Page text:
Parents are spending tens of thousands of pounds on consultants to help their offspring compete for places at prestigious American universities, it has emerged.
Growing numbers of companies are charging students and their families up to #163;30,000 for advice on where to apply, how to prepare for tests and how to make their applications stand out.
Chris Ajemian, chief executive of Cates Tutoring, said his international business charged anything from #163;200 for basic college entrance test preparation to "#163;25,000 to #163;30,000" for a full consultancy service, which included college tours in the US.
Edvice, which has offices in London and Princeton, New Jersey, charges families up to #163;15,000 for a bespoke consultancy package, which can begin as early as four years before a student starts college.
Not-for-profit operators are also springing up. University Prep, which started promoting courses in the UK and Europe this month, offers cheaper options, but a three-week summer school in the US will still cost participants in excess of $5,000 (#163;3,100).
Lisa Montgomery, Edvice's chair, said parents were prepared to invest in guidance because of the lifetime value of a well-branded US education. "The fees are so high at US universities - what is an extra few thousand on top of that?" she said.
Ms Montgomery added that demand for her services was "now very high", with Russians and Asians forming a "sizeable" part of the market, alongside British families.
"It used to be true that most parents coming to us had some family connection to America but that is less and less true," she said. "I think parents are shopping globally for the best education they can get."
The news came as the US-UK exchange body the Fulbright Commission reported that its annual USA College Fair, running today and tomorrow, would have 170 exhibitors: an 84 per cent increase over the past four years. About 4,000 people were expected to attend, approximately double the figure in 2009.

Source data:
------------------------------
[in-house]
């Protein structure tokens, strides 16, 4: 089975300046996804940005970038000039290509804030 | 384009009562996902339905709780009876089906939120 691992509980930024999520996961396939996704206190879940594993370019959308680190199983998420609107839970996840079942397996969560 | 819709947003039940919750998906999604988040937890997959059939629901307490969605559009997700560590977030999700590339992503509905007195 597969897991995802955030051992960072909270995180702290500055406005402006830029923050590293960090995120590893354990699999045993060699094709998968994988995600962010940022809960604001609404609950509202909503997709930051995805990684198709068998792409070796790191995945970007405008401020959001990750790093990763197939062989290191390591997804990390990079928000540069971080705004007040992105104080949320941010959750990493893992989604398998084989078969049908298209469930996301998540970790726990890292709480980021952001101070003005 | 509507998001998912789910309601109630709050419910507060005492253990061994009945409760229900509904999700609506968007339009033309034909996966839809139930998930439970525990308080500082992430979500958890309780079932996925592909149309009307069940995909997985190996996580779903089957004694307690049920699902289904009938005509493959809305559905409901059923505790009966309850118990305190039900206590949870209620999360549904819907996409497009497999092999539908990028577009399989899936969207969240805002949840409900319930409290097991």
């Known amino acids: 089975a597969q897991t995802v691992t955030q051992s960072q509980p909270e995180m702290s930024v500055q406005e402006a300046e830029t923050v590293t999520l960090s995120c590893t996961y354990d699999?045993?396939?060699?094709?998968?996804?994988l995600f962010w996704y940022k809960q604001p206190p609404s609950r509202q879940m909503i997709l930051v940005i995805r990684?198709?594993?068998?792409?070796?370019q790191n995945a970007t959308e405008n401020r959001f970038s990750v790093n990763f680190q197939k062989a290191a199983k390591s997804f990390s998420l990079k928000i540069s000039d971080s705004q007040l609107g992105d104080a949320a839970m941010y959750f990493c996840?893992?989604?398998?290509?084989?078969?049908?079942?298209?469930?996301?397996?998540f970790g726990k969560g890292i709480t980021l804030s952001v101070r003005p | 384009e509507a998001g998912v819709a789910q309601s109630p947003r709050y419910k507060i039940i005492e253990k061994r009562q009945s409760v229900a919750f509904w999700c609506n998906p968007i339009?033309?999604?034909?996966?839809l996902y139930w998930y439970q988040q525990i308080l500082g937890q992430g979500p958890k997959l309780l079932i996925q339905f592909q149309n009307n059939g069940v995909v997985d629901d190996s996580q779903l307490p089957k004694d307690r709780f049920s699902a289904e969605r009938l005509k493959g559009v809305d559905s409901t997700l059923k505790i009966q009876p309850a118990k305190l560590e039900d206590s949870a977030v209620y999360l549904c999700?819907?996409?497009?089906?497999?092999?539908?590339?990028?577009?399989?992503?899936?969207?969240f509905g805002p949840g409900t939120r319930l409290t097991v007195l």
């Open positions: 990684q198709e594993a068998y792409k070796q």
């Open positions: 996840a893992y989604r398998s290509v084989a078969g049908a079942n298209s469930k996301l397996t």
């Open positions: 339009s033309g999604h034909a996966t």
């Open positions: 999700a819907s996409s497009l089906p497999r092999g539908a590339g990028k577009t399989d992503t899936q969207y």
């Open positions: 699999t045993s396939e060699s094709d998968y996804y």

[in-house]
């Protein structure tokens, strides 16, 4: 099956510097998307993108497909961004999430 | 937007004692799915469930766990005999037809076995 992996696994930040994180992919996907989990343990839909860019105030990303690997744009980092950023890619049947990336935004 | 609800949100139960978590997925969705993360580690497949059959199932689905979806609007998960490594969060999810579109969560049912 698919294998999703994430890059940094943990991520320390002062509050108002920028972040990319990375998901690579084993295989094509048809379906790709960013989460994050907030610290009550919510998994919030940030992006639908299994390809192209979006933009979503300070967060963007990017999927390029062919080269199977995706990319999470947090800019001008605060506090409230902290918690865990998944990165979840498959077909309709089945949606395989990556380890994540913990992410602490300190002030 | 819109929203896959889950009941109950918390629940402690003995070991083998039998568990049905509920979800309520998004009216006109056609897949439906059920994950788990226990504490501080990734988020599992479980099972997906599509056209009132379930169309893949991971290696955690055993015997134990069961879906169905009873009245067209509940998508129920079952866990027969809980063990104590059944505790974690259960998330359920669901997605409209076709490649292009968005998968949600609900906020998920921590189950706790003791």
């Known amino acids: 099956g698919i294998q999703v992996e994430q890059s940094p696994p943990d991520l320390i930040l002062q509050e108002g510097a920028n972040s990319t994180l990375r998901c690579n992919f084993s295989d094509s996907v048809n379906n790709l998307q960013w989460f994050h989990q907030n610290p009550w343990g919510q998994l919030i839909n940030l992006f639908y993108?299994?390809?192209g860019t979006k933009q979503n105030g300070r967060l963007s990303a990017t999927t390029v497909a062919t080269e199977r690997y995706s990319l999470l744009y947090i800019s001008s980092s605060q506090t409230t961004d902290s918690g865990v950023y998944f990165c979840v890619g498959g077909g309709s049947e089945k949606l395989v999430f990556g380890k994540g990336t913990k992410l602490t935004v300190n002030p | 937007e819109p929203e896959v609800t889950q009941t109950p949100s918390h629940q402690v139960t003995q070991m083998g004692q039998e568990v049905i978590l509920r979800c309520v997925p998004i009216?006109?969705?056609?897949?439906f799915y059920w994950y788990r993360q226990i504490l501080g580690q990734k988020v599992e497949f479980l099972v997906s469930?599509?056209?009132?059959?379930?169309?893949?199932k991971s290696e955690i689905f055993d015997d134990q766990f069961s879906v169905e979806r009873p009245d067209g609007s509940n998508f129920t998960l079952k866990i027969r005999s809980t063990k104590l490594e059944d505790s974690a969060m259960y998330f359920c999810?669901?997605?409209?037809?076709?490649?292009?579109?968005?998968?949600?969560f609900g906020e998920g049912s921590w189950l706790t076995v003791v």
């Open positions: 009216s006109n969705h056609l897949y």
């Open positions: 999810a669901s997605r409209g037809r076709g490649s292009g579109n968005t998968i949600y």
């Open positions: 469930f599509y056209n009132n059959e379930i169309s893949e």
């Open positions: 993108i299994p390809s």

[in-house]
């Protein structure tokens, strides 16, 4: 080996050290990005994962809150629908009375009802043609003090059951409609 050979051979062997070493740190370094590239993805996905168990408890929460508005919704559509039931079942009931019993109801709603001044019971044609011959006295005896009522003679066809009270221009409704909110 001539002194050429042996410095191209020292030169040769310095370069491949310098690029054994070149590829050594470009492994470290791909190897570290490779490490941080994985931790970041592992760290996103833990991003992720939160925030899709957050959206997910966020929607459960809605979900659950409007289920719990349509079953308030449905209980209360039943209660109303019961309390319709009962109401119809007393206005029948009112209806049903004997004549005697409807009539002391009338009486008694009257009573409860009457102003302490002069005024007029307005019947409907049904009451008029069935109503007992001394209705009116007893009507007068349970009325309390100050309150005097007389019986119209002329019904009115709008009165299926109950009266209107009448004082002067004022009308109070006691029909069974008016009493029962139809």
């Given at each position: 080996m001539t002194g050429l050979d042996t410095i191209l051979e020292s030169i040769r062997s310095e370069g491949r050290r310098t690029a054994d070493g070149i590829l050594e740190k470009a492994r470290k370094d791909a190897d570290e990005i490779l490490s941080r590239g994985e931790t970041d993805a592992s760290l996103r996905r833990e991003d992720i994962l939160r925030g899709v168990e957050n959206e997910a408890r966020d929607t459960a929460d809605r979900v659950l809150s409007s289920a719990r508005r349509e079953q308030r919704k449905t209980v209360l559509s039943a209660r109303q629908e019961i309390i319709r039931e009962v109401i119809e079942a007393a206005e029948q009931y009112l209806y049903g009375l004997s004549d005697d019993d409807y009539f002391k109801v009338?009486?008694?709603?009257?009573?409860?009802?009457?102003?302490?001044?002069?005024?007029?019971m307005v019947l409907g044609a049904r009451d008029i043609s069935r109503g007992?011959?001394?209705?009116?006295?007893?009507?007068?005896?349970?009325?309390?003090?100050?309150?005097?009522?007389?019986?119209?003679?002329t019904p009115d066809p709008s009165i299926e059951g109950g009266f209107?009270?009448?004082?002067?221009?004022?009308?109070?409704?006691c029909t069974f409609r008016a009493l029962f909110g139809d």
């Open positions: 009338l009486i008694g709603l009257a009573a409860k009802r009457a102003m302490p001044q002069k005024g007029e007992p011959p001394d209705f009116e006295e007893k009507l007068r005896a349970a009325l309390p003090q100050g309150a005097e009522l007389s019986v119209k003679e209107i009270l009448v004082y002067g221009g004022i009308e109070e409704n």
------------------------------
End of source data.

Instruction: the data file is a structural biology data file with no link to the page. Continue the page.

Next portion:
This initial interest is borne out by the numbers of UK students heading to America: about 4,330 of them were taking undergraduate courses in the US in 2011-12.
Mr Ajemian said that UK undergraduates were attracted by the greater flexibility at US universities. "The idea of going on to a programme where you can't change your mind is not compatible with the youth of today," he said.
As well as providing free, in-house advice, UK private schools are also buying in services to help their students succeed in American college entrance tests.
Andrew Halls, head master at King's College School in Wimbledon, London, said that 10 or so students had paid around #163;500 each for nine, two-hour sessions with a tutoring company. Other students were prepared to pay much more to help secure a place at a top university, he said.
Research at UK private schools has indicated that the market for international undergraduate study will continue to grow. A survey by Maastricht University in the Netherlands found that eight out of 10 schools were now actively encouraging teenagers to consider going abroad to university.
But Janette Wallis, from The Good Schools Guide, which also publishes Uni in the USA, said: "I would hate for people to think that the only way to get into an American university was to pay high fees to consultants. You can buy the test preparation books and practise and practise. It isn't a bad idea to do a course, but you don't have to spend thousands."